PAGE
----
Is Email Marketing Dead?

If you stay up-to-date on marketing news, you might be inclined to think that the marcomm landscape is bleak. Email marketing, SEO, social media and public relations have all been declared dead at some point in the past year.

What’s a marketer left to do?

For starters, don’t buy the hype. What’s dead is siloed marketing. What’s dead is mass marketing. What’s dead are highly specialized teams and agencies that don’t integrate with the rest of the marketing department. And dying along with them are corporate budgets for several highly specialized agencies that do only one thing well – each of which takes time-consuming management to integrate with overall marketing goals.

But each of these tactics still has a place in an integrated, goal-focused, persona-driven marketing campaign. Let’s take a look at email marketing, specifically.

  • According to The Radicati Group’s Email Statistics Report, more than 281 billion emails will be sent and received in 2018 … each day. That number is forecasted to grow to more than 333 billion by 2022.
  • The Direct Marketing Association reports that email has an average ROI of $38 for each $1 spent, and one in five companies report an ROI of over 70:1.

Clearly, there is still a big role for email in marketing strategies.

No doubt, facets of email marketing are in fact dying (or are already dead): buying email lists, data scraping, sending the exact same email to every single subscriber. GDPR and the California Consumer Privacy Act are putting the nails in the coffin of these poor practices. By ensuring that buyers have actively expressed interest in hearing from brands, these measures force marketers to email only active, engaged prospects. And that’s good news for the industry as a whole. If they weren’t already, marketers now must be hyper-focused on these more targeted, engaged buyers.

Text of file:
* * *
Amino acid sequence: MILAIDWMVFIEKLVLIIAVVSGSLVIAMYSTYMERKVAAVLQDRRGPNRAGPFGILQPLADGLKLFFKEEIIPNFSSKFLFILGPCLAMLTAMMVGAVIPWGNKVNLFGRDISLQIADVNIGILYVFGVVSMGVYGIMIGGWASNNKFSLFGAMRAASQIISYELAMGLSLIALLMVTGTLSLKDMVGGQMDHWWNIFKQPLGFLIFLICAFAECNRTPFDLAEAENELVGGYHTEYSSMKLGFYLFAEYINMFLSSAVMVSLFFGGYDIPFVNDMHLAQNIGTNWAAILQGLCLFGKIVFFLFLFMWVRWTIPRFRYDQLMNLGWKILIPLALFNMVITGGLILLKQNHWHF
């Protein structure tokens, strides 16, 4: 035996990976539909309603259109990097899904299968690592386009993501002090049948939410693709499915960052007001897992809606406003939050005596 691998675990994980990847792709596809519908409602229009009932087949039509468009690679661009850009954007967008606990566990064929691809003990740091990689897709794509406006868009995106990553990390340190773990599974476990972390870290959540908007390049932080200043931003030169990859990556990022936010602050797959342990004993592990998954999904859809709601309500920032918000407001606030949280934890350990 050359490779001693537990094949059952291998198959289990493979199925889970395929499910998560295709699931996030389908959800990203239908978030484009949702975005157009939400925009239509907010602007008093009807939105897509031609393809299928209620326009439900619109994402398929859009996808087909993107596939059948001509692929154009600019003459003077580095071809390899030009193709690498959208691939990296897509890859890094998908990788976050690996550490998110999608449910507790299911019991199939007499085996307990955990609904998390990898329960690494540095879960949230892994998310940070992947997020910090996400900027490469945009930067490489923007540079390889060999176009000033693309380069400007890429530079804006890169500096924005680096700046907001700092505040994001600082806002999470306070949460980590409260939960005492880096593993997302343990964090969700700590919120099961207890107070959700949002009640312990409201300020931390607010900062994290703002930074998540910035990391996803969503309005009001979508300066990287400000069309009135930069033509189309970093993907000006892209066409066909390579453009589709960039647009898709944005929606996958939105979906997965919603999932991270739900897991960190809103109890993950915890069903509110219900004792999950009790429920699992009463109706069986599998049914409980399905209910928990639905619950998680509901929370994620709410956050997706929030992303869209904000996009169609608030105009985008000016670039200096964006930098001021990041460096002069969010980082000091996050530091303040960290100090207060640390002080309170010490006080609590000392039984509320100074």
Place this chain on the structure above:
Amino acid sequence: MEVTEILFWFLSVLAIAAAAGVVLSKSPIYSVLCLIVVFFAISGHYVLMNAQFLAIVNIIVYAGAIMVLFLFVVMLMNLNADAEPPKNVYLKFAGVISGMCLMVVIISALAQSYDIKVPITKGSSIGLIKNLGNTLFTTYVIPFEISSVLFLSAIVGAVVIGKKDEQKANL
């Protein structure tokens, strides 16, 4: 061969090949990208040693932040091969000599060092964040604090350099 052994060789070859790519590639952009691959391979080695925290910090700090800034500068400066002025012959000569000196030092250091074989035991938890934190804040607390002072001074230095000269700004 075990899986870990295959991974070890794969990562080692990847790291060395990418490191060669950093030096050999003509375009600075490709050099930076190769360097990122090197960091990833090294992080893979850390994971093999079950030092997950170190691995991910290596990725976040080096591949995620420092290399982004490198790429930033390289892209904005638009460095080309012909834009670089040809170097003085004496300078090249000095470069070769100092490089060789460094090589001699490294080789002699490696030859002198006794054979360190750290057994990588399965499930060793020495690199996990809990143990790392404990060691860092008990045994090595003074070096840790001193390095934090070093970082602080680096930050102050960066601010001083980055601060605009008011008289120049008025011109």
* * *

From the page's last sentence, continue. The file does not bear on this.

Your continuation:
Instead of mass emails, these ill-conceived tactics are being replaced by smart, tailored, dynamic email marketing (and email marketers). Here’s a look at what today’s email marketing looks like:

  • Personalized – According to the same DMA study mentioned above, segmented and targeted emails generate 58% of all revenue. The more personalized marketers can make their emails, the better they perform. Gone are the days of sending the same email to everyone on your list. Instead, microsegments of buyers with similar interests and similar buying behaviors, coupled with dynamic content insertions based on an individual’s previous actions, ensure that content is highly personalized for each recipient.
  • PertinentA report from Havas Group found that 75% of consumers expect brands to contribute to our wellbeing and quality of life. How does that relate to email? It means that content should not be purely promotional. Emails should be relevant and helpful to recipients’ personal and professional lives.
  • Pointed – Today’s email content should be short and to the point, showing respect for buyers’ time and busy lifestyles. The sheer volume of emails people receive in a given day alone necessitates the need for pithy, pointed emails. Couple that volume with the fact that 68% of emails are opened on a smartphone, and marketers must ensure their emails are shorter than ever before.

Personalized, pertinent and pointed email marketing is still a very critical component of a smart lead nurturing strategy. Want to see how we do it at ARPR? Sign up for our newsletter at the top of this page to get the latest on our marketing automation services and tips and trends in marketing and PR.

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